Caribbean Intelligence© has checked archives in the Reagan Library, now shared with the Margaret Thatcher Foundation, which indicate that Mrs Thatcher took President Reagan’s phone apology for not letting her know in advance with relatively good grace.
She told the US leader that she knew about the “sensitivity” of such military operations because of the Falklands War and responded: “The action is underway now and we just hope it will be successful.”
President Reagan explained that the Grenadian landings had been “going beautifully” and that the two airfields and the medical school had been secured.
 He went on to say that some combat forces were not Grenadian but “led” by  “senior” Cubans, who had been captured.
 Mrs Thatcher replied: “Well, let’s hope it’s soon over, Ron, and that you manage to get a democracy restored.”
 The two went on to discuss the Caribbean backers of the US forced landing. President Reagan had the support of the leaders of Jamaica, Dominica and Barbados for the operation.
In their phone conversation, Mrs Thatcher described then Dominican Prime Minister Eugenia Charles as “a wonderful person”.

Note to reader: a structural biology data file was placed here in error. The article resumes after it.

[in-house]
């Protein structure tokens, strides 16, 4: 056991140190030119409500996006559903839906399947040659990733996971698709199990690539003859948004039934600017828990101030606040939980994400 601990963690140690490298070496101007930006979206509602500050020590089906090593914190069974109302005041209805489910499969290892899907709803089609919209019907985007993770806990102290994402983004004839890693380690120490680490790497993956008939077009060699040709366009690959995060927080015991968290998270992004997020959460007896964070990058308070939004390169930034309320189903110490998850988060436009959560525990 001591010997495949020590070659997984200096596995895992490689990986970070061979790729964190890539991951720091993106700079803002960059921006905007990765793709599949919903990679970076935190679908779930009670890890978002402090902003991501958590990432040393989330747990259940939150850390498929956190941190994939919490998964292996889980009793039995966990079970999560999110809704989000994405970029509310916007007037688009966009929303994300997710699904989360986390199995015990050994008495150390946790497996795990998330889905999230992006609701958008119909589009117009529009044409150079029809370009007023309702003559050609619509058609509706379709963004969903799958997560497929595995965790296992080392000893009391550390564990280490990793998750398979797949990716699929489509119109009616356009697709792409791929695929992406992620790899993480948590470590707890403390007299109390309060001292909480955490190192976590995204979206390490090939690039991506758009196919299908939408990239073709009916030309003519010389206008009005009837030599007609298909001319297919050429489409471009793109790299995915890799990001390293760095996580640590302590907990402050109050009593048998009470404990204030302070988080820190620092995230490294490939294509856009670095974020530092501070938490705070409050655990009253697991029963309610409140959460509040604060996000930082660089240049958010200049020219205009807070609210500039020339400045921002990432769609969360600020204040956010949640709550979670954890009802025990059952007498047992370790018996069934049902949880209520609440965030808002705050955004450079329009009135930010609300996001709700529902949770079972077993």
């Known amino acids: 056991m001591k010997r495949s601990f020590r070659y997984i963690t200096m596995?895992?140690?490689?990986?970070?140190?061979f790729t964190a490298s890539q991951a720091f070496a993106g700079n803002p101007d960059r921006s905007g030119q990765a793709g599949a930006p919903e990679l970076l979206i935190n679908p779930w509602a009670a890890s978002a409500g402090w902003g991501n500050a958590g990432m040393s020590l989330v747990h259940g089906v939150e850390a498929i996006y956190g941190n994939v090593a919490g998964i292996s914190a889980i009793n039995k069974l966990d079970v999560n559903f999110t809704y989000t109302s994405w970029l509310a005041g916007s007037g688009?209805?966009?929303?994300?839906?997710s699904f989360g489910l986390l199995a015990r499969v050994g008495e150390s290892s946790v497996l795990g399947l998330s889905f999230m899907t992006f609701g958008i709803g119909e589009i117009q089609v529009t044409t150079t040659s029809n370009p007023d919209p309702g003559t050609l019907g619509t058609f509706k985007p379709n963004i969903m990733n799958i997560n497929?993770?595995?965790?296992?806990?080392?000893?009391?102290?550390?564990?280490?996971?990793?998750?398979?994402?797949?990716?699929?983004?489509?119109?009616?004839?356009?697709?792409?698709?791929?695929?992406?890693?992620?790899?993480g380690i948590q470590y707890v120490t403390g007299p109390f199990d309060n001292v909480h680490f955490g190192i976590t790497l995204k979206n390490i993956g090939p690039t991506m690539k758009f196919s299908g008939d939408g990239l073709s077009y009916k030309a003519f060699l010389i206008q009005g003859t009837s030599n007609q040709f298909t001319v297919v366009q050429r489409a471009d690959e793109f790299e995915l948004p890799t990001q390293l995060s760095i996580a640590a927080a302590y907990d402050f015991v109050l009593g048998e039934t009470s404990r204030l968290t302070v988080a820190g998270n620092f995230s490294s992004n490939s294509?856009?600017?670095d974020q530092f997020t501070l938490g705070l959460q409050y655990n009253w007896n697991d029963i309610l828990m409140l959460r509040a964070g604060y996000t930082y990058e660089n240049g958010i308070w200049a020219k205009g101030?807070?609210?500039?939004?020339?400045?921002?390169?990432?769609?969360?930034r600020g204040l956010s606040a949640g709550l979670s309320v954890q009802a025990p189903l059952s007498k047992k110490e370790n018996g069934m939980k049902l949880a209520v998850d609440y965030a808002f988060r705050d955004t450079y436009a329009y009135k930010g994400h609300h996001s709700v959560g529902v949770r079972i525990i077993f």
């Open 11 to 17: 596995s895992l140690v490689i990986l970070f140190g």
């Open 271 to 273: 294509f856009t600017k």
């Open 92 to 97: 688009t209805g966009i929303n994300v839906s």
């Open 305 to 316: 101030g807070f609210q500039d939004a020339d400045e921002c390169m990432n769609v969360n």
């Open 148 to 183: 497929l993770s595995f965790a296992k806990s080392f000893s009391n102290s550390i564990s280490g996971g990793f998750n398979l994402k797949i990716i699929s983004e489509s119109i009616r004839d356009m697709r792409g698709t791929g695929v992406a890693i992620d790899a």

In response, President Reagan said: “She certainly is. She’s captured our city by storm. She’s right up on the Hill meeting with some of our Congress right now.
“And then, [Tom] Adams, from Barbados, we are getting him up here. We’ve got both of them on some of our television shows so they can talk to the people. We are getting him on, we’ve had her on. He’s a remarkable man also.”
Mrs Thatcher then went on to describe Barbados’ Prime Minister Tom Adams as “a very cultured man and very wise”.
However, according to Richard Aldous, the author of Reagan and Thatcher: The Difficult Relationship, she later told the Irish premier: “The Americans are worse than the Soviets… persuading the governor [of Grenada] to issue a retrospective invitation to invade after they had taken him aboard an American warship.